The International Dairy Foods Association (IDFA) said it is celebrating the decision by New York Mayor Eric Adams to allow New York City public schools to continue to serve nutritious low-fat and fat-free flavored milk with school meals.
The New York Post reported over the weekend that Mayor Adams is “backing off his proposed ban on chocolate milk” in New York City public school meals, Washington, D.C.-based IDFA said. Instead, the mayor’s administration is honoring a longstanding policy in New York City government that allows individual schools to determine the types of milk they will serve with meals as long as the milk options are consistent with standards from USDA.
The mayor is also seeking further input on food and beverage offerings in city schools, IDFA said. USDA school meal standards, as well as the federal Dietary Guidelines for Americans, support serving low-fat flavored milk in schools.
The mayor’s decision comes after weeks of advocacy by IDFA and other dairy organizations, as well as bipartisan outreach and proposed legislation by members of the U.S. House of Representatives.
“I am pleased to see Mayor Adams following the lead of parents, physicians and dietitians, all of whom widely support offering low-fat flavored milk to students in our public schools,” said Michael Dykes, D.V.M., president and CEO of IDFA. “Studies have shown school meals are the healthiest meals of the day for children, thanks, in part, to nutritious milk and dairy options. Offering low-fat flavored milk increases school meal participation, leads to children consuming more nutrients of public health concern and reduces food waste.
“Maintaining low-fat flavored milk options in school plays an important role in the diet and nutrition of children because milk contains 13 essential nutrients that children need for growth, development, healthy immune function and overall wellness,” Dykes added. “IDFA is grateful to our association members, parents of school-aged children, physicians and dietitians, and members of Congress who spoke up on behalf of what’s best for child nutrition and preserved low-fat flavored milk in New York City public schools.”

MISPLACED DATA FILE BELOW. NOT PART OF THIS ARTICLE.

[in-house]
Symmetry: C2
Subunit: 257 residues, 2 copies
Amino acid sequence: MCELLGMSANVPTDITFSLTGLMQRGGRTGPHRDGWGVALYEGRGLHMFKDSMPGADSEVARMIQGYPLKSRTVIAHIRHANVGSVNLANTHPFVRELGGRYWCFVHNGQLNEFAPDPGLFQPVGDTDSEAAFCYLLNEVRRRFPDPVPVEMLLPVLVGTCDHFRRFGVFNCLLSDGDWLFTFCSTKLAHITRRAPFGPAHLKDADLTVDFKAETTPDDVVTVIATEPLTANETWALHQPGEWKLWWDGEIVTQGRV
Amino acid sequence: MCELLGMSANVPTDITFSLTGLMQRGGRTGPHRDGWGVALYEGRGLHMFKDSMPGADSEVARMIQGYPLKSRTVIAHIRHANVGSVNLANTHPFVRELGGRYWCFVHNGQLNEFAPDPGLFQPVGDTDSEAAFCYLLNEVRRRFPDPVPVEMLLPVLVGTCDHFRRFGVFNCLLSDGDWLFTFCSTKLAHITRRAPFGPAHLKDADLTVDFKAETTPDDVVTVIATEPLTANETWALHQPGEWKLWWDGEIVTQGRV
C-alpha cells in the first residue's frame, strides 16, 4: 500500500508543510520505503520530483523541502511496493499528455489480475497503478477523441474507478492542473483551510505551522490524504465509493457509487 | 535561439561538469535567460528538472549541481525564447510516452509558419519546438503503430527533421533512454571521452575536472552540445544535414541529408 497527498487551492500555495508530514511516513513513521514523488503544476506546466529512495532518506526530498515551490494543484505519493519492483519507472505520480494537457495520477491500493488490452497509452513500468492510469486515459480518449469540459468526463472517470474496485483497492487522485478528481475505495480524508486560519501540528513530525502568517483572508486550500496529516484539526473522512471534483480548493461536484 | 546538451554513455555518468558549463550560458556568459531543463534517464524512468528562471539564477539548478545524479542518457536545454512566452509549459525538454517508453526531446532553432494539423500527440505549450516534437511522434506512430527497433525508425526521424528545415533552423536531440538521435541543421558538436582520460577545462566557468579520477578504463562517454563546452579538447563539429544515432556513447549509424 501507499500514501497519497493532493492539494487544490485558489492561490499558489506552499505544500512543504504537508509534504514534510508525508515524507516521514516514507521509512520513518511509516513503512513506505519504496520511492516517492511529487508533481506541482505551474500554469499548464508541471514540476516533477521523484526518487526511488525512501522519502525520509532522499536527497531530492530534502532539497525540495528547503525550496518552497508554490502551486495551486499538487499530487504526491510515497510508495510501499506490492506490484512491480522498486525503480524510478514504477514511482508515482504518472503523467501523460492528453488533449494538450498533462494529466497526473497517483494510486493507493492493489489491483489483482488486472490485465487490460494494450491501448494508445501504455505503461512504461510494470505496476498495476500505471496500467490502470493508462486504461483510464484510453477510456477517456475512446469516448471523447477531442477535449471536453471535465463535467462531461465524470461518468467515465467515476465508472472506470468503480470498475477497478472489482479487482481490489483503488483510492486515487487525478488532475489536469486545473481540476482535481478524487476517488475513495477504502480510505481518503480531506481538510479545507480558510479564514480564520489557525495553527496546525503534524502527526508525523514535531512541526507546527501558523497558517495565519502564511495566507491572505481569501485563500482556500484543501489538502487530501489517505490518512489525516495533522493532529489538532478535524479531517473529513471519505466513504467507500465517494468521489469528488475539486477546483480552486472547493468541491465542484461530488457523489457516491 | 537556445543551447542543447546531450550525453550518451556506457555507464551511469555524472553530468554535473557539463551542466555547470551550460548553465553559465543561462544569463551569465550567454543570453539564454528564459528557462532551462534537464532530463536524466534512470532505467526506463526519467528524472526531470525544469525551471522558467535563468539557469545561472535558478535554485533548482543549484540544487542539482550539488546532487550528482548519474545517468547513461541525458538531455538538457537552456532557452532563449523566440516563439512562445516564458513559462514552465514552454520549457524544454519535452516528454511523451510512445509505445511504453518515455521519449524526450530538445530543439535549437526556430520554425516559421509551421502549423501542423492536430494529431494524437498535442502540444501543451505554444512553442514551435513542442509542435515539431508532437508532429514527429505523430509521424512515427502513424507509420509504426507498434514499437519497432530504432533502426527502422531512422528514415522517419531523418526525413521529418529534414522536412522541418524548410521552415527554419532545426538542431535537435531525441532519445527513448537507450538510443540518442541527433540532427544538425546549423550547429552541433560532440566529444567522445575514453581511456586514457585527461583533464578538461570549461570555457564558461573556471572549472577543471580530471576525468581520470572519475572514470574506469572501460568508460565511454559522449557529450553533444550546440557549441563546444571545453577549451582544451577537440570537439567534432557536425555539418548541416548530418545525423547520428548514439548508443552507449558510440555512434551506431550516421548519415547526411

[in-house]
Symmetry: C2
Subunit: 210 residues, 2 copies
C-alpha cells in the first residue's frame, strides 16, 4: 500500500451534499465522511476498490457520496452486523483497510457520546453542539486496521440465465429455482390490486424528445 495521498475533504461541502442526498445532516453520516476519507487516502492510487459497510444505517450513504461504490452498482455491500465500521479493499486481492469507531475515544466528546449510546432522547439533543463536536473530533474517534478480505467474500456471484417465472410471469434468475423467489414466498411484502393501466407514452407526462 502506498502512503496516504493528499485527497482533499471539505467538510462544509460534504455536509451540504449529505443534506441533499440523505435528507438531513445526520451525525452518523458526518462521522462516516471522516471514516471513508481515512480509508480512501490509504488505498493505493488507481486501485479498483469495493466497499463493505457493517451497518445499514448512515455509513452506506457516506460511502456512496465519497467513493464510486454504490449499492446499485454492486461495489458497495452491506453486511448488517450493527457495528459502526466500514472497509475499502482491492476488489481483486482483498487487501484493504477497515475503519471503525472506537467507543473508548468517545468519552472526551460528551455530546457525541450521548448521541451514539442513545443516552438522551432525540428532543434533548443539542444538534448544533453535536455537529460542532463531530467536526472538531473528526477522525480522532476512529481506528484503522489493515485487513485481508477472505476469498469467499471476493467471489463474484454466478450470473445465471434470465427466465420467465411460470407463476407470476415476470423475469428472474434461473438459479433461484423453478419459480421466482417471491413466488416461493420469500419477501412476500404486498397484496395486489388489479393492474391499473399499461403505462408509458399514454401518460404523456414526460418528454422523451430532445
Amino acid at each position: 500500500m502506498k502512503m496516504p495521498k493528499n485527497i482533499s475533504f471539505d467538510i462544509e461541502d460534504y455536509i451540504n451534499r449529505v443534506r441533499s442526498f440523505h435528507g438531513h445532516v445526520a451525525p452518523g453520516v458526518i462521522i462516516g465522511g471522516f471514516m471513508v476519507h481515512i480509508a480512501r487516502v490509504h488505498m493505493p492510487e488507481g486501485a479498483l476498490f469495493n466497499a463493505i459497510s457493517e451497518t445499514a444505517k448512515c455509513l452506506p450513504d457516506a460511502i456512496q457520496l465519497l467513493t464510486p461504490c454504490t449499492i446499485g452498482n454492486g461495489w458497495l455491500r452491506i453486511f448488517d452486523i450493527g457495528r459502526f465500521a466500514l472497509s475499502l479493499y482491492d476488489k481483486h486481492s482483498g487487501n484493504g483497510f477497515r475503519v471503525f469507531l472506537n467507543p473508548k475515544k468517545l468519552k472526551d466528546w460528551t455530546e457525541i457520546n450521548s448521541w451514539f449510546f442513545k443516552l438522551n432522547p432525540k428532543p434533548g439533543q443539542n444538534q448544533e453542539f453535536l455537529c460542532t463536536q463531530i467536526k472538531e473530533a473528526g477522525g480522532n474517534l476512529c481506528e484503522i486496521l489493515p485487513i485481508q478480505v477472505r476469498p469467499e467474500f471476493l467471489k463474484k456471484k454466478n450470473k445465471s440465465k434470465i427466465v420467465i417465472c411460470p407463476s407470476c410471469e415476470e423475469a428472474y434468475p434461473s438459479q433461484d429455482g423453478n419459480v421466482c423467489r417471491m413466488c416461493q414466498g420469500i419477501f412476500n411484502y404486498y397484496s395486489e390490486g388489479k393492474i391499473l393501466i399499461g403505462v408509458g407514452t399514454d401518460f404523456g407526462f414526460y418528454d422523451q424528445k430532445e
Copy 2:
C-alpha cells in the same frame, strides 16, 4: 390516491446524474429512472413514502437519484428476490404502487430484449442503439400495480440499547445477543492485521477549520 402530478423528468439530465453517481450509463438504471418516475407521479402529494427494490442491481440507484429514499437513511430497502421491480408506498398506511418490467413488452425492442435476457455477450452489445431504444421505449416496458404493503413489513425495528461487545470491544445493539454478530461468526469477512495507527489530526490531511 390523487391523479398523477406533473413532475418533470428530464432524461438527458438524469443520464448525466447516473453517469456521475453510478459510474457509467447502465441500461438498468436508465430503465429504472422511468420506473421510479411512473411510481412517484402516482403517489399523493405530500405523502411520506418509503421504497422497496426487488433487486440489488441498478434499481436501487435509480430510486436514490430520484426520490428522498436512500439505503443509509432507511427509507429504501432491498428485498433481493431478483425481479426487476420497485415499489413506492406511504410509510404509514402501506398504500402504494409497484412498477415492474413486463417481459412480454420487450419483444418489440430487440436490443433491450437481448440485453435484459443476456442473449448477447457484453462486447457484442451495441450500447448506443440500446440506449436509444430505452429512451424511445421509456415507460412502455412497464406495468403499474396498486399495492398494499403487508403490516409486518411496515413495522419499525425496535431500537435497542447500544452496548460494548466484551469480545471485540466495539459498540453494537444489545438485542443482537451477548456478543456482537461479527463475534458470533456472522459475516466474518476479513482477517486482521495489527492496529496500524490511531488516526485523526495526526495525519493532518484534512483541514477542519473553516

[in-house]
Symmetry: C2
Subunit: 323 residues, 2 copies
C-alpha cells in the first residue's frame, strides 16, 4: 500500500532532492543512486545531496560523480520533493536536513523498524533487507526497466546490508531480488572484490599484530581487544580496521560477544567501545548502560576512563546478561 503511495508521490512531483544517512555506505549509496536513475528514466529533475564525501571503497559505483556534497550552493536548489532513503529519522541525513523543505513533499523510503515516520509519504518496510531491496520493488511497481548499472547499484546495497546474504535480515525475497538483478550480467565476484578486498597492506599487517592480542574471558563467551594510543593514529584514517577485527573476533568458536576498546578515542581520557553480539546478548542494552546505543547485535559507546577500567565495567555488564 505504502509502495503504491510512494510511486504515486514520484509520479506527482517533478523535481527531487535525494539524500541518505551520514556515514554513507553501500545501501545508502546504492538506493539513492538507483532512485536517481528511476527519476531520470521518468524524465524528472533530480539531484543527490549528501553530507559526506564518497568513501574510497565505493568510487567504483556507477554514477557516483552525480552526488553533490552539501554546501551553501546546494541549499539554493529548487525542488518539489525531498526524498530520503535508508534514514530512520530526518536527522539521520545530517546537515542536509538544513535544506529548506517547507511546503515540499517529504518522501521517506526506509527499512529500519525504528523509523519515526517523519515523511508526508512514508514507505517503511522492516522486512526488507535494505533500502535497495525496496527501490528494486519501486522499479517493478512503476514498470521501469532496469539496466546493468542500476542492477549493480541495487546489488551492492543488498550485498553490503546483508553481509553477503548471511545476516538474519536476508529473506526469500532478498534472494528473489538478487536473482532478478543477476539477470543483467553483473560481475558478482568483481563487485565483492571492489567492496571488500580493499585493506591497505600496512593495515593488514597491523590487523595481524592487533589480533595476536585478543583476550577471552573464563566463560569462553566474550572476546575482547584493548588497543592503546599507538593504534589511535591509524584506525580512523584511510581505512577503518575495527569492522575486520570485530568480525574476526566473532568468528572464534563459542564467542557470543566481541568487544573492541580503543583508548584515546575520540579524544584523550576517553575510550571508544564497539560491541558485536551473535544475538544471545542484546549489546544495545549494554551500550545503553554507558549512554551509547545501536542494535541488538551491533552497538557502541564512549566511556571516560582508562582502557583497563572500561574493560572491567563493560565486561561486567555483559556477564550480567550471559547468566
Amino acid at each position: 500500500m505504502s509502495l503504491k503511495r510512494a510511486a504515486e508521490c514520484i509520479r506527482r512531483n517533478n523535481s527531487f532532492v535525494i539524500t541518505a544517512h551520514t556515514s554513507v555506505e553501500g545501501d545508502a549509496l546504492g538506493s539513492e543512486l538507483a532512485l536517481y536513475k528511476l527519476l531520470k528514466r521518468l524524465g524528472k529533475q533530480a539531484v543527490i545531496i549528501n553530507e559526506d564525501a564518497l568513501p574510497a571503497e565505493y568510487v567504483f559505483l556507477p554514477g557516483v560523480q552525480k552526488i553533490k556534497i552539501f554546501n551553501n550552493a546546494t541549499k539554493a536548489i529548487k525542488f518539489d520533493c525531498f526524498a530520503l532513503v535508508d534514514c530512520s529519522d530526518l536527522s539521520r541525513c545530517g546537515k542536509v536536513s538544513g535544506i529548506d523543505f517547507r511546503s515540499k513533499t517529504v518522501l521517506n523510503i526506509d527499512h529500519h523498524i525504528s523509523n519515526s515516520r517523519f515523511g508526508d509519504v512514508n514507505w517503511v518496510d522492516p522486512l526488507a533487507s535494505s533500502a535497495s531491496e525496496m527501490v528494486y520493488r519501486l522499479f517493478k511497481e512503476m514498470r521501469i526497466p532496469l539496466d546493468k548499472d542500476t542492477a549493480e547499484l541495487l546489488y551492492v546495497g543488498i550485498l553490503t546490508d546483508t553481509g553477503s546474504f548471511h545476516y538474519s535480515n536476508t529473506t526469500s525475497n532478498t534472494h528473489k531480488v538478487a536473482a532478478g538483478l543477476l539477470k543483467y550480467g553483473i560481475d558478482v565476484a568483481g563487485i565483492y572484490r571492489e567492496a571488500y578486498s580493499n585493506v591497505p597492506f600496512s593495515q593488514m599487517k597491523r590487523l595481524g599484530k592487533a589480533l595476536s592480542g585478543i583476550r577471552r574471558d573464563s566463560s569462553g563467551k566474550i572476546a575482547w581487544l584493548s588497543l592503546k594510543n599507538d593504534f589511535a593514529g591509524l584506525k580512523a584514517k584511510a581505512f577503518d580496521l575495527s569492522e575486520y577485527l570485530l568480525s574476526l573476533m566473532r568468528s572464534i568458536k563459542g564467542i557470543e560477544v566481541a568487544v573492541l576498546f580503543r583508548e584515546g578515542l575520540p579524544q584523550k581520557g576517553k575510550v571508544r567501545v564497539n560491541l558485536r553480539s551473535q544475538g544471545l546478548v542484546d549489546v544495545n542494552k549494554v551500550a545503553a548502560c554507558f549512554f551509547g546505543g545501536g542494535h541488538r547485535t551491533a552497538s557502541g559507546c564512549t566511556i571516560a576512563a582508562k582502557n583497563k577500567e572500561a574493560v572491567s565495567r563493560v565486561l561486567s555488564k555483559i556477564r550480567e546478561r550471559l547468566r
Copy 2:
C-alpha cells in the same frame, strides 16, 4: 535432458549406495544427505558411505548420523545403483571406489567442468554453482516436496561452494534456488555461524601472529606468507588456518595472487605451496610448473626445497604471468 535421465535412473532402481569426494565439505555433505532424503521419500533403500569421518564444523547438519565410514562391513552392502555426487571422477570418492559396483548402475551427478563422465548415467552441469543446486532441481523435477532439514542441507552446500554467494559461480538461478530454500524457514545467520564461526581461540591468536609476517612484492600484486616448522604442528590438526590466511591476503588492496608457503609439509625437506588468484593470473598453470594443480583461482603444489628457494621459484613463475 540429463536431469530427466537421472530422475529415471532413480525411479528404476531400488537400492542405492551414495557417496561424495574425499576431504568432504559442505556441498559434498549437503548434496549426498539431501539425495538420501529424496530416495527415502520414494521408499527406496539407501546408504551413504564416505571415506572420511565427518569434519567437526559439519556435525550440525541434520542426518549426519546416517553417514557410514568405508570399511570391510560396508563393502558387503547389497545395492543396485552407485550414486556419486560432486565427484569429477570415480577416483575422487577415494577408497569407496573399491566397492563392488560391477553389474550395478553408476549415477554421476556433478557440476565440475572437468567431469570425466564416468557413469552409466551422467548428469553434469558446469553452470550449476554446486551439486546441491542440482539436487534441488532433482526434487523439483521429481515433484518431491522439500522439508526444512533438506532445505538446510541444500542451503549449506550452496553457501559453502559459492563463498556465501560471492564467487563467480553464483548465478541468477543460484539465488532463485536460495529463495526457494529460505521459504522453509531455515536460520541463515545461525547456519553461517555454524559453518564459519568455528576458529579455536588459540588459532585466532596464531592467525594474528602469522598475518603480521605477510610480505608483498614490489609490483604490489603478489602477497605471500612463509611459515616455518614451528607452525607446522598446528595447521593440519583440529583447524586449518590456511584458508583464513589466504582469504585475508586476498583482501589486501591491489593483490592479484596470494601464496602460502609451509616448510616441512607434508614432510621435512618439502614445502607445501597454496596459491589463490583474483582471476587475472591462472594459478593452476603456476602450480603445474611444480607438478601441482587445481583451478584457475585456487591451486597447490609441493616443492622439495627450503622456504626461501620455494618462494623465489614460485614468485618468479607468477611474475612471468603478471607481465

In a rare bipartisan letter from Rep. Antonio Delgado (D-N.Y.) and other members of Congress from New York, legislators encouraged Mayor Adams not to eliminate flavored milk from New York City school meals, IDFA said. Days later, Rep. Elise Stefanik (R-N.Y.) introduced a bill, The Protecting School Milk Choices Act, that would require school systems in the federal lunch program to offer students at least one low-fat flavored milk option at meals. Then, in an editorial written for the New York Daily News, Keith Ayoob — a pediatric nutritionist, registered dietitian and clinical practitioner who served as director of the nutrition clinic at the Children’s Evaluation and Rehabilitation Center at the Albert Einstein College of Medicine in the Bronx for more than 30 years — argued that in proposing to ban low-fat flavored milk, Mayor Adams would be undercutting his goals of improving child health and nutrition. The bipartisan letter, the legislation and the op-ed all referenced a survey done by Morning Consult and commissioned by IDFA, which found that 90% of New York City voters with children in public schools and 85% of parents nationally support offering low-fat flavored milk in public school meals. IDFA said it also launched a direct appeal to Mayor Adams encouraging his administration to preserve low-fat flavored milk.
At present, more than two-thirds of milk served in school is of the low-fat flavored variety, which represents an essential way that kids get the nutrients they need for healthy growth and development, IDFA said. Research finds that children who drink flavored milk consume more nutrients of concern such as calcium, vitamin D and potassium compared to nonflavored milk drinkers.
Studies have shown that reducing or eliminating the availability of flavored milk in schools has led to overall decreased milk consumption and increased food waste, IDFA said. The federal Dietary Guidelines for Americans found that children of all ages are not meeting the recommended intake of dairy foods and thereby underconsuming a variety of nutrients during childhood and adolescence, including potassium, calcium and vitamin D.
In March, USDA released a transitional final rule maintaining low-fat flavored milk and other needed flexibilities in USDA child nutrition program meal requirements through the 2023-2024 school year. USDA is now reviewing comments in preparation for releasing updated child nutrition program standards for the 2024 school year and beyond. IDFA said it will continue to remain engaged with USDA, Congress, state and city governments, and other stakeholders on child nutrition discussions and policies.